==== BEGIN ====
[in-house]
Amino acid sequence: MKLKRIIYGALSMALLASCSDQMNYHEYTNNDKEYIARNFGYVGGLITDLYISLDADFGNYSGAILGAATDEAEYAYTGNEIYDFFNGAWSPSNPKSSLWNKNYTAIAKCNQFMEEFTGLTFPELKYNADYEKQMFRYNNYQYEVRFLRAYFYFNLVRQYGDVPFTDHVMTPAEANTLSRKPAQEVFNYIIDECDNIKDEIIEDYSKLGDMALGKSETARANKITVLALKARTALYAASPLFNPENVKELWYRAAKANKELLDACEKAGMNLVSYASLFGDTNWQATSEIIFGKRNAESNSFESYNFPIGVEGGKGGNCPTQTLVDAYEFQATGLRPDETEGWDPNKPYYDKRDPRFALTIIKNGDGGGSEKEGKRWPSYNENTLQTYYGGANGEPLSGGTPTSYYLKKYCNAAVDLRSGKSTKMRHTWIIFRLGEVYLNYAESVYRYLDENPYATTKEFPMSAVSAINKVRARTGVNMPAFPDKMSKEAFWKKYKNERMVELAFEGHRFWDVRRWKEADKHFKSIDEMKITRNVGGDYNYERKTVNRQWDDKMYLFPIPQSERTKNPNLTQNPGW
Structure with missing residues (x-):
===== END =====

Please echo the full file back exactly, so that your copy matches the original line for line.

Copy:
[in-house]
Amino acid sequence: MKLKRIIYGALSMALLASCSDQMNYHEYTNNDKEYIARNFGYVGGLITDLYISLDADFGNYSGAILGAATDEAEYAYTGNEIYDFFNGAWSPSNPKSSLWNKNYTAIAKCNQFMEEFTGLTFPELKYNADYEKQMFRYNNYQYEVRFLRAYFYFNLVRQYGDVPFTDHVMTPAEANTLSRKPAQEVFNYIIDECDNIKDEIIEDYSKLGDMALGKSETARANKITVLALKARTALYAASPLFNPENVKELWYRAAKANKELLDACEKAGMNLVSYASLFGDTNWQATSEIIFGKRNAESNSFESYNFPIGVEGGKGGNCPTQTLVDAYEFQATGLRPDETEGWDPNKPYYDKRDPRFALTIIKNGDGGGSEKEGKRWPSYNENTLQTYYGGANGEPLSGGTPTSYYLKKYCNAAVDLRSGKSTKMRHTWIIFRLGEVYLNYAESVYRYLDENPYATTKEFPMSAVSAINKVRARTGVNMPAFPDKMSKEAFWKKYKNERMVELAFEGHRFWDVRRWKEADKHFKSIDEMKITRNVGGDYNYERKTVNRQWDDKMYLFPIPQSERTKNPNLTQNPGW
Structure with missing residues (x-):